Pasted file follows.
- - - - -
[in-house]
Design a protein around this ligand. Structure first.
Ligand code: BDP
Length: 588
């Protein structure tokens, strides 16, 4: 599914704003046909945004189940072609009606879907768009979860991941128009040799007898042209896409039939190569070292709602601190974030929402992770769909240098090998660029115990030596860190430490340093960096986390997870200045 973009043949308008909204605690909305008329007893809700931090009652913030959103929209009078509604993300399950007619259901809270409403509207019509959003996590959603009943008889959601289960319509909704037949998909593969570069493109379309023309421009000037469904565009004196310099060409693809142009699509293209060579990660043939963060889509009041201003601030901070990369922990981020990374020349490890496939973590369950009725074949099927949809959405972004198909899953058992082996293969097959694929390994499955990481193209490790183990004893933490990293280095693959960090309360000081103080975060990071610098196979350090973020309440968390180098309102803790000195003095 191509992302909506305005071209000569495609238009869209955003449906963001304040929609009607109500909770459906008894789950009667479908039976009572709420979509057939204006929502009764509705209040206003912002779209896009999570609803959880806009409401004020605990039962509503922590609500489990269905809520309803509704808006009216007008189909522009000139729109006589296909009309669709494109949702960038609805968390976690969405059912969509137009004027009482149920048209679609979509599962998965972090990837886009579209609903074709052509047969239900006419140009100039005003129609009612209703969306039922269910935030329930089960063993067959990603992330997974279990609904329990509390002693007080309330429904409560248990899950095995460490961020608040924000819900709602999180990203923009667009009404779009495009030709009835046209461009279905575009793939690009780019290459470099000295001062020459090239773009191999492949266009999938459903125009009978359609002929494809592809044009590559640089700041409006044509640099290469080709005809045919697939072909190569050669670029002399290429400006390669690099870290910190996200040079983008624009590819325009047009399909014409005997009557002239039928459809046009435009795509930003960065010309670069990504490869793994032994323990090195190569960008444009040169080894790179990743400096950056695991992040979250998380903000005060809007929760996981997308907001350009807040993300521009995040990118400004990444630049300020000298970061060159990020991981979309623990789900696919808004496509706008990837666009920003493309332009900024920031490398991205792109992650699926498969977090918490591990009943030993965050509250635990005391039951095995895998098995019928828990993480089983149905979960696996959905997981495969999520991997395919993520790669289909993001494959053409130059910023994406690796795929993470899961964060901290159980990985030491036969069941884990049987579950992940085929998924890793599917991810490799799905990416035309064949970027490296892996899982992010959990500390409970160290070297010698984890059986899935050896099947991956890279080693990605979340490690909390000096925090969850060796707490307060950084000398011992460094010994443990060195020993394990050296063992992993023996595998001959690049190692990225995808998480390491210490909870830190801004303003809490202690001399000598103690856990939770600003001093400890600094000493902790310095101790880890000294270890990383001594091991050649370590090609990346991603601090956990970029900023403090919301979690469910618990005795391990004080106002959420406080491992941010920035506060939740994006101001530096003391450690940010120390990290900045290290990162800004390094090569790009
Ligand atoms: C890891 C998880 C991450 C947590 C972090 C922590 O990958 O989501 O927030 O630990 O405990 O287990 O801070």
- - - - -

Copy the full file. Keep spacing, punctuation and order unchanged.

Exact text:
[in-house]
Design a protein around this ligand. Structure first.
Ligand code: BDP
Length: 588
């Protein structure tokens, strides 16, 4: 599914704003046909945004189940072609009606879907768009979860991941128009040799007898042209896409039939190569070292709602601190974030929402992770769909240098090998660029115990030596860190430490340093960096986390997870200045 973009043949308008909204605690909305008329007893809700931090009652913030959103929209009078509604993300399950007619259901809270409403509207019509959003996590959603009943008889959601289960319509909704037949998909593969570069493109379309023309421009000037469904565009004196310099060409693809142009699509293209060579990660043939963060889509009041201003601030901070990369922990981020990374020349490890496939973590369950009725074949099927949809959405972004198909899953058992082996293969097959694929390994499955990481193209490790183990004893933490990293280095693959960090309360000081103080975060990071610098196979350090973020309440968390180098309102803790000195003095 191509992302909506305005071209000569495609238009869209955003449906963001304040929609009607109500909770459906008894789950009667479908039976009572709420979509057939204006929502009764509705209040206003912002779209896009999570609803959880806009409401004020605990039962509503922590609500489990269905809520309803509704808006009216007008189909522009000139729109006589296909009309669709494109949702960038609805968390976690969405059912969509137009004027009482149920048209679609979509599962998965972090990837886009579209609903074709052509047969239900006419140009100039005003129609009612209703969306039922269910935030329930089960063993067959990603992330997974279990609904329990509390002693007080309330429904409560248990899950095995460490961020608040924000819900709602999180990203923009667009009404779009495009030709009835046209461009279905575009793939690009780019290459470099000295001062020459090239773009191999492949266009999938459903125009009978359609002929494809592809044009590559640089700041409006044509640099290469080709005809045919697939072909190569050669670029002399290429400006390669690099870290910190996200040079983008624009590819325009047009399909014409005997009557002239039928459809046009435009795509930003960065010309670069990504490869793994032994323990090195190569960008444009040169080894790179990743400096950056695991992040979250998380903000005060809007929760996981997308907001350009807040993300521009995040990118400004990444630049300020000298970061060159990020991981979309623990789900696919808004496509706008990837666009920003493309332009900024920031490398991205792109992650699926498969977090918490591990009943030993965050509250635990005391039951095995895998098995019928828990993480089983149905979960696996959905997981495969999520991997395919993520790669289909993001494959053409130059910023994406690796795929993470899961964060901290159980990985030491036969069941884990049987579950992940085929998924890793599917991810490799799905990416035309064949970027490296892996899982992010959990500390409970160290070297010698984890059986899935050896099947991956890279080693990605979340490690909390000096925090969850060796707490307060950084000398011992460094010994443990060195020993394990050296063992992993023996595998001959690049190692990225995808998480390491210490909870830190801004303003809490202690001399000598103690856990939770600003001093400890600094000493902790310095101790880890000294270890990383001594091991050649370590090609990346991603601090956990970029900023403090919301979690469910618990005795391990004080106002959420406080491992941010920035506060939740994006101001530096003391450690940010120390990290900045290290990162800004390094090569790009
Ligand atoms: C890891 C998880 C991450 C947590 C972090 C922590 O990958 O989501 O927030 O630990 O405990 O287990 O801070």